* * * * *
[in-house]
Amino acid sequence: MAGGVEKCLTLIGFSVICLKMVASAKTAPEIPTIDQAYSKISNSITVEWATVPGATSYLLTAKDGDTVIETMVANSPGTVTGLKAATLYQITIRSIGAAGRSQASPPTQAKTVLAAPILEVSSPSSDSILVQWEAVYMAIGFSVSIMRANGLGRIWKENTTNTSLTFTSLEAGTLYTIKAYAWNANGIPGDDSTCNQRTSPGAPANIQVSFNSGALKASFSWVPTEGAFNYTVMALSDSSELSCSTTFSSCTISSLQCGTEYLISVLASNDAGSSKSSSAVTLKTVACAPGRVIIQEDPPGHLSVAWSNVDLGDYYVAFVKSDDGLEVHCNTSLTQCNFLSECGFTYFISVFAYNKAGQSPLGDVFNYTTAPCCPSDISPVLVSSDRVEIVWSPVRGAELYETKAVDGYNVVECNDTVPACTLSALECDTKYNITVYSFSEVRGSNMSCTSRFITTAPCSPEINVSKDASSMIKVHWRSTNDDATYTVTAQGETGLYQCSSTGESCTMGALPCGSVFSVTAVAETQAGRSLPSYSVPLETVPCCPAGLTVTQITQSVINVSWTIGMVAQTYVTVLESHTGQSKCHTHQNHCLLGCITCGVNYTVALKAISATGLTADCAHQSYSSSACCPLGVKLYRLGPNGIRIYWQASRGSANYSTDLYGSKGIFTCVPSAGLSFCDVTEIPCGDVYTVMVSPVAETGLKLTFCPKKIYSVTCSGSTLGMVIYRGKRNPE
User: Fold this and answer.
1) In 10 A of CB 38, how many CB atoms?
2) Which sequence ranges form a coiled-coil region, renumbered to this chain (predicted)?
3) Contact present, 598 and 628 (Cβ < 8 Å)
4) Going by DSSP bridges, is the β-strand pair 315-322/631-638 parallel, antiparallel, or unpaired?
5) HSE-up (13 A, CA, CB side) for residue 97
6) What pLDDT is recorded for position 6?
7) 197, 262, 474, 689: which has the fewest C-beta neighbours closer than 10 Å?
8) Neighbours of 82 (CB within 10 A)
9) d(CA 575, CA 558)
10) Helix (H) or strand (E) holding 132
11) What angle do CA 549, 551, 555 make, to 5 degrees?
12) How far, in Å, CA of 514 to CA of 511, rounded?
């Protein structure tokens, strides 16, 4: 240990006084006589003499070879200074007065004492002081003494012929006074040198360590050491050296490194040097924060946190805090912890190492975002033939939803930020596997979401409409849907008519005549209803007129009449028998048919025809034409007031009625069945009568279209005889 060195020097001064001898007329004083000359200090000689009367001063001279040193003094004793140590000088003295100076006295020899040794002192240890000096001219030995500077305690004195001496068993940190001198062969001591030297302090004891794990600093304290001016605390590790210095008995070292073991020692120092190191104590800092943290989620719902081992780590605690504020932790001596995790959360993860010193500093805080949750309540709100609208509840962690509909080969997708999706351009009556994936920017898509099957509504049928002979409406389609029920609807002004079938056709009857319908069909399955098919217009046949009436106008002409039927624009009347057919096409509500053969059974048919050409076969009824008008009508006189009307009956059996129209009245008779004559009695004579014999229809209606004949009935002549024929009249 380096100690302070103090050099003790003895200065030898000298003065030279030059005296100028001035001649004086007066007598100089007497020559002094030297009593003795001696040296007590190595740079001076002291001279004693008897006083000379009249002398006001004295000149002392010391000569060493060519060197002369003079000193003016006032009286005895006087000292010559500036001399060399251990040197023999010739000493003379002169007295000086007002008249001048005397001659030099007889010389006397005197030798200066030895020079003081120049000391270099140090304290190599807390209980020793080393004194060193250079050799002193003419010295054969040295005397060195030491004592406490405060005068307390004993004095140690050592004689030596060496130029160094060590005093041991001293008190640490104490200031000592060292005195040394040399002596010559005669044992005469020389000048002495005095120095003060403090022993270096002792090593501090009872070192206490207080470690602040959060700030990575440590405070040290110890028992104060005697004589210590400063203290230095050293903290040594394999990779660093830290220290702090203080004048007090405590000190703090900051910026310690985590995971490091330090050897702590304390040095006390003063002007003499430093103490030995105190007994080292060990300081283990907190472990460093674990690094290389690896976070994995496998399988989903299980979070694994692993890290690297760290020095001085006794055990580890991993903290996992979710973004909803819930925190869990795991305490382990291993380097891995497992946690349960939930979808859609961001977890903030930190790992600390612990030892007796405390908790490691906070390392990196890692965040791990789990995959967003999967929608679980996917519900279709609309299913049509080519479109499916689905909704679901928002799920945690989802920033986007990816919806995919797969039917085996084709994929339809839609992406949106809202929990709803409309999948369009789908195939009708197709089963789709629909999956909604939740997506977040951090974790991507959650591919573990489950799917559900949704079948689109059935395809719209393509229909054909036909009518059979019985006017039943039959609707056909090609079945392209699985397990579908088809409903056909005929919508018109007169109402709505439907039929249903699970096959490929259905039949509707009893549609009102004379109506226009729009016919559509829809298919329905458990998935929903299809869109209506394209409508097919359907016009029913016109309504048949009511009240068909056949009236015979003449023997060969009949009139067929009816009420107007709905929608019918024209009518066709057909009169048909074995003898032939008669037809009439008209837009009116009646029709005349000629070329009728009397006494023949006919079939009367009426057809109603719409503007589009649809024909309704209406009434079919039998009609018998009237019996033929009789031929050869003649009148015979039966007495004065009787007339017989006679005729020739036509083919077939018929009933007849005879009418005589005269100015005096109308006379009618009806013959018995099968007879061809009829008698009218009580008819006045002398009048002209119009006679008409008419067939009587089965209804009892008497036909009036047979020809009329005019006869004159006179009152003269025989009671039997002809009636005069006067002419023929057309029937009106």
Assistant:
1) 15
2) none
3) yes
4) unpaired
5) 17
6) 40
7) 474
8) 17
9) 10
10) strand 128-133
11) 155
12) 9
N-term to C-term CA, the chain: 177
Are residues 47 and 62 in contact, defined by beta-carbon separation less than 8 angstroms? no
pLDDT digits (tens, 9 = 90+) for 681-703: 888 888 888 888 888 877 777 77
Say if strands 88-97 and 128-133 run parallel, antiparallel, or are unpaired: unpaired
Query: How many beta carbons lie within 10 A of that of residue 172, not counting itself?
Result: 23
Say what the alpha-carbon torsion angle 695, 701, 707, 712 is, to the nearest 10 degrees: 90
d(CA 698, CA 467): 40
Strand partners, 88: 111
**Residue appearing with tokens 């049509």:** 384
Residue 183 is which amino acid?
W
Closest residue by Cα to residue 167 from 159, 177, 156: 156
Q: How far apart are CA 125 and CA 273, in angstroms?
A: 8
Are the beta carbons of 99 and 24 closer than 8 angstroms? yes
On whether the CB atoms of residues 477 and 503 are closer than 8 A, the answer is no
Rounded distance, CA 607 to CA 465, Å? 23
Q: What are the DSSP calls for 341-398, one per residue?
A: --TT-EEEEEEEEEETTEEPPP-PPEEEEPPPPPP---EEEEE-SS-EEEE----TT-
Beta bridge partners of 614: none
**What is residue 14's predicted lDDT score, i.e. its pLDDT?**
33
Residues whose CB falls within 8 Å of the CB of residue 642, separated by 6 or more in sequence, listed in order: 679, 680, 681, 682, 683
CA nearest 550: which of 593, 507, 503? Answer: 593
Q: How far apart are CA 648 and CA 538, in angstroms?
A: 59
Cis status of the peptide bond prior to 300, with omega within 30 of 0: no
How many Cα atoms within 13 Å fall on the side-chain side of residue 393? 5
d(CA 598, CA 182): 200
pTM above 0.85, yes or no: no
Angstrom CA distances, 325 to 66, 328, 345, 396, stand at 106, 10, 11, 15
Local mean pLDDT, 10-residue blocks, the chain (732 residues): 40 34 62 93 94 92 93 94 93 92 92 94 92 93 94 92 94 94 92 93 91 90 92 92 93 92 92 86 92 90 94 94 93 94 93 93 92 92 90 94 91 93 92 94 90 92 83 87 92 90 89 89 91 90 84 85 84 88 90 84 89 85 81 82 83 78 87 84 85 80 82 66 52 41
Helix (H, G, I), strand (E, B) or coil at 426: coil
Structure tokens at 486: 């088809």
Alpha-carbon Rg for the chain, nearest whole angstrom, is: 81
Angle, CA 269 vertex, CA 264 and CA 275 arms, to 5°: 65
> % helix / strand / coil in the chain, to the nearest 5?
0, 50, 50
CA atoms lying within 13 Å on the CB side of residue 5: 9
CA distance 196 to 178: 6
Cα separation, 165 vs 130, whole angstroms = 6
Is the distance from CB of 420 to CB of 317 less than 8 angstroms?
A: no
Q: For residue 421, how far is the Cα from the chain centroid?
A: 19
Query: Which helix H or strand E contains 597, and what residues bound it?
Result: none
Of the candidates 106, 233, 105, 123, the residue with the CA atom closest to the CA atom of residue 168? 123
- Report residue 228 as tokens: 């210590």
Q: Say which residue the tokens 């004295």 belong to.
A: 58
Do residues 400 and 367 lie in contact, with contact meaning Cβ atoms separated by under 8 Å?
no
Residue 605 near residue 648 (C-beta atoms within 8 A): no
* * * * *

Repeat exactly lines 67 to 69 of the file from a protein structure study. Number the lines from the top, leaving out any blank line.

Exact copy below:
> % helix / strand / coil in the chain, to the nearest 5?
0, 50, 50
CA atoms lying within 13 Å on the CB side of residue 5: 9